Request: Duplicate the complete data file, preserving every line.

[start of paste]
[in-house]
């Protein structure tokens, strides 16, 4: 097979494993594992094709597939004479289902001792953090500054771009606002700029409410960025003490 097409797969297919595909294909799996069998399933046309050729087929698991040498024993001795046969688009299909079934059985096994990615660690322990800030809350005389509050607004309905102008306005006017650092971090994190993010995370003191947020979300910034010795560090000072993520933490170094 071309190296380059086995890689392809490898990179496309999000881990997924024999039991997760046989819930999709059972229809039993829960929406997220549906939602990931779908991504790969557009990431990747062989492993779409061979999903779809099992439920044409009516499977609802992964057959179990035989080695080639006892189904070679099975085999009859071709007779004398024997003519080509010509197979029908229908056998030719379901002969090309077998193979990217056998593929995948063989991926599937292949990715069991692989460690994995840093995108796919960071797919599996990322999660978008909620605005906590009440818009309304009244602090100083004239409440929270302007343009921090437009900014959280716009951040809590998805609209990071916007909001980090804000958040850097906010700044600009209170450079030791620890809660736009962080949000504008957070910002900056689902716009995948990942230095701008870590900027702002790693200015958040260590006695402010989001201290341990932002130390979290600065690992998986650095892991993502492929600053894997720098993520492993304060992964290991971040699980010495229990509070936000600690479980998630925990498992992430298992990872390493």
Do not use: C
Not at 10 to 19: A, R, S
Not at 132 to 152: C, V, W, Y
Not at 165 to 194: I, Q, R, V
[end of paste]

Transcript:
[in-house]
């Protein structure tokens, strides 16, 4: 097979494993594992094709597939004479289902001792953090500054771009606002700029409410960025003490 097409797969297919595909294909799996069998399933046309050729087929698991040498024993001795046969688009299909079934059985096994990615660690322990800030809350005389509050607004309905102008306005006017650092971090994190993010995370003191947020979300910034010795560090000072993520933490170094 071309190296380059086995890689392809490898990179496309999000881990997924024999039991997760046989819930999709059972229809039993829960929406997220549906939602990931779908991504790969557009990431990747062989492993779409061979999903779809099992439920044409009516499977609802992964057959179990035989080695080639006892189904070679099975085999009859071709007779004398024997003519080509010509197979029908229908056998030719379901002969090309077998193979990217056998593929995948063989991926599937292949990715069991692989460690994995840093995108796919960071797919599996990322999660978008909620605005906590009440818009309304009244602090100083004239409440929270302007343009921090437009900014959280716009951040809590998805609209990071916007909001980090804000958040850097906010700044600009209170450079030791620890809660736009962080949000504008957070910002900056689902716009995948990942230095701008870590900027702002790693200015958040260590006695402010989001201290341990932002130390979290600065690992998986650095892991993502492929600053894997720098993520492993304060992964290991971040699980010495229990509070936000600690479980998630925990498992992430298992990872390493």
Do not use: C
Not at 10 to 19: A, R, S
Not at 132 to 152: C, V, W, Y
Not at 165 to 194: I, Q, R, V